Assange, Asylum and Immunity

Embassies have replaced churches as the setting for confrontations between rival legal orders and concepts of fairness. Assange is in a different world, writes a former UK ambasador

Will Assange be smuggled out in a diplomatic bag?
Charles Crawford
On 17 August 2012 07:28

The Ecuadorians have decided after a lot of dithering to give Julian Assange political asylum. Take that, you British colonialistic bullies!

Result? Nothing changes.

The idea of asylum goes back deep into history. In medieval England, a person seeking asylum in a church was expected to confess sins, hand over weapons and accept the authority of the church concerned. A choice had to be made: surrender to the authorities and face justice, or publicly confess guilt and go into exile.

These days embassies and consulates have replaced churches as the setting for confrontations between rival legal orders and conceptions of fairness. Dreary as they may look to passers-by, embassies are full of magic like the old wardrobe in The Lion, The Witch and The Wardrobe. You walk through the door and enter a new world run to different rules.

That said, the rules inside the Embassy wardrobe are rather mundane. Embassies are dull offices.

They are not equipped for outsiders living there for weeks or months – or years. Who pays for the food and supplies? Who does the shopping? Is that annoying person allowed to use the telephone or IT networks? What about our own security? Why oh why are we having all this extra hassle?

This explains why the Assange situation is relatively rare. Someone serious about seeking asylum will make his/her way to the country concerned and seek asylum at the point of entry. There is no point an Embassy granting a foreigner asylum, as that person still has to get from the Embassy to the border past unhappy local police forces.

And that, as we see in this case, is next to impossible.A key point is that the phrase "diplomatic immunity" applies in different respects. Diplomats may have immunity. Diplomatic communications may have immunity. So may diplomatic premises. But these immunities may not always exist simultaneously. They can be waived or forfeited for some purposes but not others.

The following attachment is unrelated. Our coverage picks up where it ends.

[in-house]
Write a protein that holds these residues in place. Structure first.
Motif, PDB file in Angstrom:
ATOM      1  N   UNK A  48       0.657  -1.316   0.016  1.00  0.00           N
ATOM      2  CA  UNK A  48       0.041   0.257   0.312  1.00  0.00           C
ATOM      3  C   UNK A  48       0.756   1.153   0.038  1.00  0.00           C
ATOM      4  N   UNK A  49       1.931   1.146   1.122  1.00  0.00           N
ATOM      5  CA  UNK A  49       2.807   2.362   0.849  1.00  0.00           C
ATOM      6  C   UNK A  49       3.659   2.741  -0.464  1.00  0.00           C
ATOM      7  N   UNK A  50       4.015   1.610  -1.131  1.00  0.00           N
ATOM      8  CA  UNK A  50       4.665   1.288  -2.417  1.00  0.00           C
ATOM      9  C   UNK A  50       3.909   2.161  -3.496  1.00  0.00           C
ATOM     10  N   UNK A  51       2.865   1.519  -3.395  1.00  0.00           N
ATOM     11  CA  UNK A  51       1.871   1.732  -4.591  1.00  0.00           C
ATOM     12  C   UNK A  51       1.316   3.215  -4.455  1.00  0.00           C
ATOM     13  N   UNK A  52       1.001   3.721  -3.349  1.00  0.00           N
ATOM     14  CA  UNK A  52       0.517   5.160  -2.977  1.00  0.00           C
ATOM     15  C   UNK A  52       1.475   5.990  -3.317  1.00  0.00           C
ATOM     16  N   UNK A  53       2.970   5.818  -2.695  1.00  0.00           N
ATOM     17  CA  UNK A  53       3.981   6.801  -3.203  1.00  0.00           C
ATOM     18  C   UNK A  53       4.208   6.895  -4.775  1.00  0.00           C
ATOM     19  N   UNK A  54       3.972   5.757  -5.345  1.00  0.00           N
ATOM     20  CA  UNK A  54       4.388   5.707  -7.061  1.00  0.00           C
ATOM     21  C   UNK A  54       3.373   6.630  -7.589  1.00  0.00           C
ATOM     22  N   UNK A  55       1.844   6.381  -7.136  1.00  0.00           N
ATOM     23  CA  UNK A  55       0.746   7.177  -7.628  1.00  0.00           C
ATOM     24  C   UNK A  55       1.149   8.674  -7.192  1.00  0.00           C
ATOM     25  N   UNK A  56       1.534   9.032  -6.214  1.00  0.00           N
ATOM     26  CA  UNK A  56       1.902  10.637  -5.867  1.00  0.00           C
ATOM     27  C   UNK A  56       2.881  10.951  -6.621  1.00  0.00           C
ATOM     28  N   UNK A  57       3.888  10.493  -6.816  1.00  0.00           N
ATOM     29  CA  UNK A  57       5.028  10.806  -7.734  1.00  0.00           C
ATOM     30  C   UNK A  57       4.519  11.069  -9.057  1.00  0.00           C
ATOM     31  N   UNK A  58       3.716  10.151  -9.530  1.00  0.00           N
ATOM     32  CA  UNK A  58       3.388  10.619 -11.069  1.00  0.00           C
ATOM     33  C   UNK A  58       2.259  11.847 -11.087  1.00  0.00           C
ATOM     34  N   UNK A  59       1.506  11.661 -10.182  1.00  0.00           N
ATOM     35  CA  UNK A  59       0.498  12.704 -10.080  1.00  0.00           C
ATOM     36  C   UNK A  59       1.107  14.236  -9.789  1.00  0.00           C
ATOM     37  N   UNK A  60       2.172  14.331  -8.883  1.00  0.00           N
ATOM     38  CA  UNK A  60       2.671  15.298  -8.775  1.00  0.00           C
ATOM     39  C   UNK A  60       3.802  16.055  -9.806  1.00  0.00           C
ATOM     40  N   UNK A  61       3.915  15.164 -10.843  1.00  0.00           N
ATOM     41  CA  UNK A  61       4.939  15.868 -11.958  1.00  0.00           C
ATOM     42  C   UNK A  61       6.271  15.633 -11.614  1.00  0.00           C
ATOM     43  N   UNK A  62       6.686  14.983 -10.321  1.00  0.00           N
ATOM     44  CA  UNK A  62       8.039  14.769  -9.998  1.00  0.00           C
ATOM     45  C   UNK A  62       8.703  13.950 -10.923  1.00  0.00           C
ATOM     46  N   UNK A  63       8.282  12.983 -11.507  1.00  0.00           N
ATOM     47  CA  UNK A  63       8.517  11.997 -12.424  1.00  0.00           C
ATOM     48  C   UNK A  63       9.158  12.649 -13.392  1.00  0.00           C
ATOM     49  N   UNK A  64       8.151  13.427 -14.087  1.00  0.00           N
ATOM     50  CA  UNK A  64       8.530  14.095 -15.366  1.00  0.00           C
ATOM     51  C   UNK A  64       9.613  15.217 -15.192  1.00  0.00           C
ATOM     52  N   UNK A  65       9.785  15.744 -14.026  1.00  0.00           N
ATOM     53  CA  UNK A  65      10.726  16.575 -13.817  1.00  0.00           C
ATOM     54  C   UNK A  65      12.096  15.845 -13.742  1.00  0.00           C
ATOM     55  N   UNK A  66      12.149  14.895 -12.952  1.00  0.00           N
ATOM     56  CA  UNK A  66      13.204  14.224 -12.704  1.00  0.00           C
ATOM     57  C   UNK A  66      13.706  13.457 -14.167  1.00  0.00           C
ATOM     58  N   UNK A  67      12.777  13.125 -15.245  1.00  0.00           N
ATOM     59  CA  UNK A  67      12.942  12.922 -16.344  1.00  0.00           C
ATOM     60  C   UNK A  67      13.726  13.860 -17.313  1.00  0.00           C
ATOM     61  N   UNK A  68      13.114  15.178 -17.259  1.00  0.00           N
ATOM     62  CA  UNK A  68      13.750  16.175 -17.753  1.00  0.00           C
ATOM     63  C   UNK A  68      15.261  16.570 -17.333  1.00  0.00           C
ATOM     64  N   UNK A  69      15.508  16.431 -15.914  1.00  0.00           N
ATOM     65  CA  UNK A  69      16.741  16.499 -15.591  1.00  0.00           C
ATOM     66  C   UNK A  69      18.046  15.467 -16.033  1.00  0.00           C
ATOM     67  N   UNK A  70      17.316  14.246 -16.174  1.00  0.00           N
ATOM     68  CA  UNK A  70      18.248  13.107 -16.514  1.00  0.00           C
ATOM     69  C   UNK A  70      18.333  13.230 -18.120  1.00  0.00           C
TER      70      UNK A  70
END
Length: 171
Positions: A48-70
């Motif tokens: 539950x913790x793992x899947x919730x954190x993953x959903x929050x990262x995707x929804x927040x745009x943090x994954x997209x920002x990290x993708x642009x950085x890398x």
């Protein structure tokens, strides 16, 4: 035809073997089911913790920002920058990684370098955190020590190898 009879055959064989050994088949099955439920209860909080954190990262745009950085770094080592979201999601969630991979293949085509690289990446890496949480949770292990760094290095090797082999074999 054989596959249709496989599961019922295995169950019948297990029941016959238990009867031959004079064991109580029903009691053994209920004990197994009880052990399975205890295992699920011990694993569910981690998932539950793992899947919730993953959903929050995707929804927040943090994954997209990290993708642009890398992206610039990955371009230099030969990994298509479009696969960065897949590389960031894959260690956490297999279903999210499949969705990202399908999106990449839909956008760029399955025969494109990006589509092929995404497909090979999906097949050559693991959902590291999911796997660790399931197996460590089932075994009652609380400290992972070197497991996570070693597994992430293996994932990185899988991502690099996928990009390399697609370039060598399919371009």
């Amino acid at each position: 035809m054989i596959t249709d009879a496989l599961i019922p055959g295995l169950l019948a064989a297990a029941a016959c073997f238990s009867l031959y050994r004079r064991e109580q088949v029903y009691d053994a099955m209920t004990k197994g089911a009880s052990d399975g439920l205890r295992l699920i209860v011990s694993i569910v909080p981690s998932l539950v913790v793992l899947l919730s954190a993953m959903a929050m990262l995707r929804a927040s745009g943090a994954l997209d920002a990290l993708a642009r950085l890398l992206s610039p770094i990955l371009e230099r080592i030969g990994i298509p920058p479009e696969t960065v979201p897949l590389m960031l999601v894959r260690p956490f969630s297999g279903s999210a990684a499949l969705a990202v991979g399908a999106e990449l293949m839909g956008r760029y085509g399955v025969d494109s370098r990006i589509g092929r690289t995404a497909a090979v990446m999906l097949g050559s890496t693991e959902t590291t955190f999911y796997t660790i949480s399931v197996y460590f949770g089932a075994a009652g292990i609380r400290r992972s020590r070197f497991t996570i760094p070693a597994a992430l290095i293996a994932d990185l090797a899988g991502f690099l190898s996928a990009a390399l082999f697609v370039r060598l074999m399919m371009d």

We had an interesting case in Warsaw when I was Ambassador there. An Embassy colleague wanted to marry her fiancé (also British) in a Polish civil wedding ceremony. I naively offered the Residence as the setting for the ceremony. This led to a tangled ball of legal and other complications.

Would a Polish civil ceremony of a British couple on British diplomatic premises count as a wedding in Poland or in the UK? Eventually it was sorted out.

The Guiding Text for all this is the 1961 Vienna Convention.

It lays down codified rules and procedures that have evolved over centuries. The ultimate logic is all about grand courtesy. If you are a guest in someone else’s house (or palace) as Ambassadors and diplomats in effect are, you are expected to behave nicely. No cheating, respect the host’s standards of conduct, and don’t get involved with problematic locals in a way that might cause embarrassment.

Take diplomatic bags ("bags" is in fact a term of art – possibilities range from small pouches to large canvas bags, heavy boxes and even whole containers). HM Customs and Revenue give us guidance prepared by the FCO Protocol Directorate:

"Missions are further reminded that in deciding whether particular articles may be carried in a diplomatic bag they are required to observe the requirements not only of Article 27.4 (“only diplomatic documents or articles intended for official use”) but also of Article 41.1 (“laws and regulations of the receiving state”).

"It is particularly stressed in this context that the regulations governing the import and possession of firearms in the UK are among those which must be observed, regardless of any claim that any firearms may be intended for official use."

In other words, diplomatic bags in principle enjoy immunity, but they still have to go through a host state’s legal procedures. If the host state is not satisfied that the bags contain only items allowed under the Convention, things can get awkward.